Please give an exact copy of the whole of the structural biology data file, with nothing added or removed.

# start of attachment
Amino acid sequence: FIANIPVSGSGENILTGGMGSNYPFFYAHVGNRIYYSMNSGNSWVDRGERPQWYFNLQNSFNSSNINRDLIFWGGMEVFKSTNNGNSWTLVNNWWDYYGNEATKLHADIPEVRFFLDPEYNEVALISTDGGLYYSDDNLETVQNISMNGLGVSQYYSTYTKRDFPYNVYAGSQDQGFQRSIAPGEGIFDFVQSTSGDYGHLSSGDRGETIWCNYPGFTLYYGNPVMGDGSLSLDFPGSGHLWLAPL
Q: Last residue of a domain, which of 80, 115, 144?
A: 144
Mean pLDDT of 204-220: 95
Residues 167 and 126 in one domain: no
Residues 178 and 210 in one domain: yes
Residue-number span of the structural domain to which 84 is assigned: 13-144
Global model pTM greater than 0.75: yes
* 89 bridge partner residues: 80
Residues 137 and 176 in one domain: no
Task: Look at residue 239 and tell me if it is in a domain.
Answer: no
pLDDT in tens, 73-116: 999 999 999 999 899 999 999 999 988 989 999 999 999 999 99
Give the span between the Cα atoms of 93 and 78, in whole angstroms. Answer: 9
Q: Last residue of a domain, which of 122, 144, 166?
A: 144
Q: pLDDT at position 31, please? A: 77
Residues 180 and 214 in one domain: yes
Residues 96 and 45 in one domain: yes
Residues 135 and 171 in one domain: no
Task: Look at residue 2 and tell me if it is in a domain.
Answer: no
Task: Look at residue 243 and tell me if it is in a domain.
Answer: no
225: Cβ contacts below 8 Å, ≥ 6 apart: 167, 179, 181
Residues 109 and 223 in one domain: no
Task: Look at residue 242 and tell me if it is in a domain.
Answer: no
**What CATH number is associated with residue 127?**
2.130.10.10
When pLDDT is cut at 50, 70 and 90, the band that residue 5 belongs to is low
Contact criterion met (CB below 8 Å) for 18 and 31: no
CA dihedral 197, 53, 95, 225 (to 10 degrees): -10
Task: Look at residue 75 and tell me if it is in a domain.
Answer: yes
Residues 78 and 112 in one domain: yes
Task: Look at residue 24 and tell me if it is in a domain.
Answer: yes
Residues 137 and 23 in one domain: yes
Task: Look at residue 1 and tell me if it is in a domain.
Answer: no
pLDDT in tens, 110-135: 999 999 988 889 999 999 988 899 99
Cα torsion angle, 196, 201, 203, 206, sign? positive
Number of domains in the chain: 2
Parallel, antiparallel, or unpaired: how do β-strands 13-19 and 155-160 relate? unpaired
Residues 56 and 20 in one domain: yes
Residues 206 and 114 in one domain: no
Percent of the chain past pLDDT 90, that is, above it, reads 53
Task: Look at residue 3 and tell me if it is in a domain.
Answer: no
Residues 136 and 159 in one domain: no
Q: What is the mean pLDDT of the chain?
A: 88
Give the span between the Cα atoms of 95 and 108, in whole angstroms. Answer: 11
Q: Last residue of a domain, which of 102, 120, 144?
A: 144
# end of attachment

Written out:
Amino acid sequence: FIANIPVSGSGENILTGGMGSNYPFFYAHVGNRIYYSMNSGNSWVDRGERPQWYFNLQNSFNSSNINRDLIFWGGMEVFKSTNNGNSWTLVNNWWDYYGNEATKLHADIPEVRFFLDPEYNEVALISTDGGLYYSDDNLETVQNISMNGLGVSQYYSTYTKRDFPYNVYAGSQDQGFQRSIAPGEGIFDFVQSTSGDYGHLSSGDRGETIWCNYPGFTLYYGNPVMGDGSLSLDFPGSGHLWLAPL
Q: Last residue of a domain, which of 80, 115, 144?
A: 144
Mean pLDDT of 204-220: 95
Residues 167 and 126 in one domain: no
Residues 178 and 210 in one domain: yes
Residue-number span of the structural domain to which 84 is assigned: 13-144
Global model pTM greater than 0.75: yes
* 89 bridge partner residues: 80
Residues 137 and 176 in one domain: no
Task: Look at residue 239 and tell me if it is in a domain.
Answer: no
pLDDT in tens, 73-116: 999 999 999 999 899 999 999 999 988 989 999 999 999 999 99
Give the span between the Cα atoms of 93 and 78, in whole angstroms. Answer: 9
Q: Last residue of a domain, which of 122, 144, 166?
A: 144
Q: pLDDT at position 31, please? A: 77
Residues 180 and 214 in one domain: yes
Residues 96 and 45 in one domain: yes
Residues 135 and 171 in one domain: no
Task: Look at residue 2 and tell me if it is in a domain.
Answer: no
Task: Look at residue 243 and tell me if it is in a domain.
Answer: no
225: Cβ contacts below 8 Å, ≥ 6 apart: 167, 179, 181
Residues 109 and 223 in one domain: no
Task: Look at residue 242 and tell me if it is in a domain.
Answer: no
**What CATH number is associated with residue 127?**
2.130.10.10
When pLDDT is cut at 50, 70 and 90, the band that residue 5 belongs to is low
Contact criterion met (CB below 8 Å) for 18 and 31: no
CA dihedral 197, 53, 95, 225 (to 10 degrees): -10
Task: Look at residue 75 and tell me if it is in a domain.
Answer: yes
Residues 78 and 112 in one domain: yes
Task: Look at residue 24 and tell me if it is in a domain.
Answer: yes
Residues 137 and 23 in one domain: yes
Task: Look at residue 1 and tell me if it is in a domain.
Answer: no
pLDDT in tens, 110-135: 999 999 988 889 999 999 988 899 99
Cα torsion angle, 196, 201, 203, 206, sign? positive
Number of domains in the chain: 2
Parallel, antiparallel, or unpaired: how do β-strands 13-19 and 155-160 relate? unpaired
Residues 56 and 20 in one domain: yes
Residues 206 and 114 in one domain: no
Percent of the chain past pLDDT 90, that is, above it, reads 53
Task: Look at residue 3 and tell me if it is in a domain.
Answer: no
Residues 136 and 159 in one domain: no
Q: What is the mean pLDDT of the chain?
A: 88
Give the span between the Cα atoms of 95 and 108, in whole angstroms. Answer: 11
Q: Last residue of a domain, which of 102, 120, 144?
A: 144